How to Use Analytics to Find and Solve the Toughest Organizational Questions
05/28/2019 by Ken Matz Modernization - Analytics
The term analytics means different things to different people depending on the role and position at the organization. If you are a CFO, it will mean something different than it does to a data scientist. If you are a financial analyst, it will mean something different than it does to a biostatistician.
I can remember in the late 1990s while implementing a financial consolidation and reporting solution in Vancouver, British Columbia. I was talking to the financial analysts of a major gas pipeline company. They talked about processing actual values, budgeted values, and a forecast that was updated monthly. Even though I have a financial background, because I was working for an analytic software vendor, I thought they were talking about analytical forecasting. What they meant was re-forecasting the rest of the year’s financial results based on the run rate of the most recent financial results.
Techopedia defines analytics as “the scientific process of discovering and communicating the meaningful patterns which can be found in data. It is concerned with turning raw data into insight for making better decisions. It is especially useful in areas which record a lot of data or information.
While the definition gives an overview of how analytics is defined in the technology industry, it does not convey the same meaning to everyone who reads it.
All of these exercises are involved in performing analytics at varying levels. Which technique you use will depend on what business decisions you are trying to make as well as the results needed to best support those decisions.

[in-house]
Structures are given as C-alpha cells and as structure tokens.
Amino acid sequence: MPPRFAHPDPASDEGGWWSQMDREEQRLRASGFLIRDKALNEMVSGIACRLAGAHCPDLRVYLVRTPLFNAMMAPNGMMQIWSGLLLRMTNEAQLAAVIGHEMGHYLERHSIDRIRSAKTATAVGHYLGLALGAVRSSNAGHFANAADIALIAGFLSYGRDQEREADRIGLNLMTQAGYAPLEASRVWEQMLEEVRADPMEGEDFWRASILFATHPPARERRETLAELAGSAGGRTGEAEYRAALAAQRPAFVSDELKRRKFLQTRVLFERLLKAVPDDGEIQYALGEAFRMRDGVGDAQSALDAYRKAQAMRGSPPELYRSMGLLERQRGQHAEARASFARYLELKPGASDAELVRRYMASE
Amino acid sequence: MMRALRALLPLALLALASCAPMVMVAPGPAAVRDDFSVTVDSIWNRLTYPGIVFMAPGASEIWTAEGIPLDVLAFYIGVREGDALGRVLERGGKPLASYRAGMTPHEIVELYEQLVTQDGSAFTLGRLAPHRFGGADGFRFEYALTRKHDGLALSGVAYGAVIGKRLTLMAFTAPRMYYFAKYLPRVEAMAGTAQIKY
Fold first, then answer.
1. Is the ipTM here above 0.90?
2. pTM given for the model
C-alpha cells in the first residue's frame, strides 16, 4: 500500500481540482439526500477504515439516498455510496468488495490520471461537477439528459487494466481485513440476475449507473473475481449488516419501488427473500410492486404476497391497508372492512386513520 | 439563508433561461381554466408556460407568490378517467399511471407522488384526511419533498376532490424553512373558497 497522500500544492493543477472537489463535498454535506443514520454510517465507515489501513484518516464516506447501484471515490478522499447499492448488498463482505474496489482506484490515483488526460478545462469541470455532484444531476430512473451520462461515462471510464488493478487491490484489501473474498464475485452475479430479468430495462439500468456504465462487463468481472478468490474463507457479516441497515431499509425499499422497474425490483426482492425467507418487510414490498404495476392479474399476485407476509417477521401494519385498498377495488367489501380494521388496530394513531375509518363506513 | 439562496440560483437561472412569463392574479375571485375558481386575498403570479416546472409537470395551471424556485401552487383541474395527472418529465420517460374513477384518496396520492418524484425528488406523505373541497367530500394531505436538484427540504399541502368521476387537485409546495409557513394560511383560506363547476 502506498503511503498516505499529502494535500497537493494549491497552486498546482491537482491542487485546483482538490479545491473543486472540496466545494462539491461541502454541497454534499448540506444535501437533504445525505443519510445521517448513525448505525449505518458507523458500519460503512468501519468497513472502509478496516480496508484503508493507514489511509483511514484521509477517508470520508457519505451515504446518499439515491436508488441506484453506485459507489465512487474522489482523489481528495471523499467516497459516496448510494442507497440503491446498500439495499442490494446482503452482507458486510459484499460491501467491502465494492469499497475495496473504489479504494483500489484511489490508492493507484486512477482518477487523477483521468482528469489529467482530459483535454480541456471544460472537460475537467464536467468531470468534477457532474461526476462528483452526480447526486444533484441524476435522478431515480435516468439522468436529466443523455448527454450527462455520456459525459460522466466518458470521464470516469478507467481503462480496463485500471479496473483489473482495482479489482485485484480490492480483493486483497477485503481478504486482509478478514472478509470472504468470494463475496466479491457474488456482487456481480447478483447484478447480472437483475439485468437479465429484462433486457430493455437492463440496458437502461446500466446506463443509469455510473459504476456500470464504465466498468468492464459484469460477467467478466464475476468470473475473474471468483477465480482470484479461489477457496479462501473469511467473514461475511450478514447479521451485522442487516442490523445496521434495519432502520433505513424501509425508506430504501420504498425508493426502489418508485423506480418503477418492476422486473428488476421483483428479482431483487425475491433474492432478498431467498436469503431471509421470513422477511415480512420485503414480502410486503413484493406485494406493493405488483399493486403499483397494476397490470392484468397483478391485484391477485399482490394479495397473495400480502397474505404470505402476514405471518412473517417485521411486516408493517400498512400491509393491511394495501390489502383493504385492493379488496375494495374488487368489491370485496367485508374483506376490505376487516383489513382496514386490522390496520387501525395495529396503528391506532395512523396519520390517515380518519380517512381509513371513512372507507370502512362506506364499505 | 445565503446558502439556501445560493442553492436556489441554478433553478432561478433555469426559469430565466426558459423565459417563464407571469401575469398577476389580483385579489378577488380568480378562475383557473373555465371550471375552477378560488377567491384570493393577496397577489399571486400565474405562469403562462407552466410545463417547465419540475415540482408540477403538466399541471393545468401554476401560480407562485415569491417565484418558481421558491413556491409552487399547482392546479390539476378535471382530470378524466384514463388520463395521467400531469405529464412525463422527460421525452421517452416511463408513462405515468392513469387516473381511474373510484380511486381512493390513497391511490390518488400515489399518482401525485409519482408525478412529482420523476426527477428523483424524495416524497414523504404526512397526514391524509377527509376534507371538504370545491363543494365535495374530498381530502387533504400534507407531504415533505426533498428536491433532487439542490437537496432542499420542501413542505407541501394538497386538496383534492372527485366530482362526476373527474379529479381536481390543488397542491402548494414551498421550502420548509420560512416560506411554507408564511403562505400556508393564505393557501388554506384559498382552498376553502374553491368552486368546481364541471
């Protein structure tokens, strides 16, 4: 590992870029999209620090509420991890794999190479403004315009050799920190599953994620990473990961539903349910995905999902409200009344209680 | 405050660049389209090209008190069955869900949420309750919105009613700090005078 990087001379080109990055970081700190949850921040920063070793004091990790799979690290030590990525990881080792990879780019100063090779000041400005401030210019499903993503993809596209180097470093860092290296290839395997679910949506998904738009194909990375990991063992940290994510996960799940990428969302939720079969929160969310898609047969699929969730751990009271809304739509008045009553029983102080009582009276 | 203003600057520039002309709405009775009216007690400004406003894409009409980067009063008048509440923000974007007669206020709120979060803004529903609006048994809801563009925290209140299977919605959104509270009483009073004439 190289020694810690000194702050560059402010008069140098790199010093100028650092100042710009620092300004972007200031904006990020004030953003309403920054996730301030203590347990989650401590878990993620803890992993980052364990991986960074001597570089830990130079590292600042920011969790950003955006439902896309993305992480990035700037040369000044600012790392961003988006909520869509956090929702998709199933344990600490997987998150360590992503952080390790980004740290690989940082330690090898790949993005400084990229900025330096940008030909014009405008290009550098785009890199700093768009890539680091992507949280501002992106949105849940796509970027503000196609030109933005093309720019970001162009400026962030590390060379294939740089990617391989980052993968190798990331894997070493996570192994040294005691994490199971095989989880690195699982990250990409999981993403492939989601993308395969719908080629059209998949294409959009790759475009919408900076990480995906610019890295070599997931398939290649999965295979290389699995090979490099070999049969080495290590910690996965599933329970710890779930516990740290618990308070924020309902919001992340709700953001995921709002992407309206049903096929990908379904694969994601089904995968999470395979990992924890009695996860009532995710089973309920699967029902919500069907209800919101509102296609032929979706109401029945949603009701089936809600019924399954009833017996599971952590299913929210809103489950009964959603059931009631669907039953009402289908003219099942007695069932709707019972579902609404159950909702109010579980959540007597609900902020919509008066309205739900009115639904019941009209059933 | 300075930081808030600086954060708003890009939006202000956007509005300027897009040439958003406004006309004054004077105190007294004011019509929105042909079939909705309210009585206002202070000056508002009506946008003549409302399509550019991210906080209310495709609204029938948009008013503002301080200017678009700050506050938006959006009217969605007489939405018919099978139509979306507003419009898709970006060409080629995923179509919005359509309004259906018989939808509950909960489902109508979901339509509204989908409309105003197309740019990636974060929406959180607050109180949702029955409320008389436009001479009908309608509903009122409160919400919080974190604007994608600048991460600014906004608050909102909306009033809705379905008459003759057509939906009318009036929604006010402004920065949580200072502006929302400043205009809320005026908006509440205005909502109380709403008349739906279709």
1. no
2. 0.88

You can look at what analytics means across different industries and to different roles in those industries. Let’s review an example in the higher education industry to demonstrate what I mean by this and establish a baseline understanding.
Suppose you want to analyze the Calculus 101 class within the math department to help make staffing and course time offering decisions. You decide to examine the last five years of class data. The following descriptive statistics instantly come to mind:
After you look at the results, you have a pretty good idea about the demographics at your institution and which days, times and professors are the most popular.
From those results, you can make some conclusions about the Calculus 101 class from the data:
For those of you who look at this as analytics, don’t let anyone tell you that it isn’t. This is part of the analytic process. However, it is not the total picture. There is so much more to look at on the topic of analytics – like predictive analytics!
How can we gain further insight into the patterns and trends in our Calculus 101 class?
Can you answer these types of questions from the data and analysis listed above? The answer is “maybe” in some cases. However, to truly answer these questions, you would need to dive deeper into analytics to do so. This is where more complex techniques and data science usually come into the conversation. A word of advice – these more complex results and techniques are not readily available in the average spreadsheet package.
Analytics means different things to different people. It will take on varying levels of complexity depending on your role in the organization, the industry in which you work, and the problems that you are trying to solve. The level of insight available to you will depend on your investigative curiosity, and the inventory of analytic software and skill sets available in your organization.
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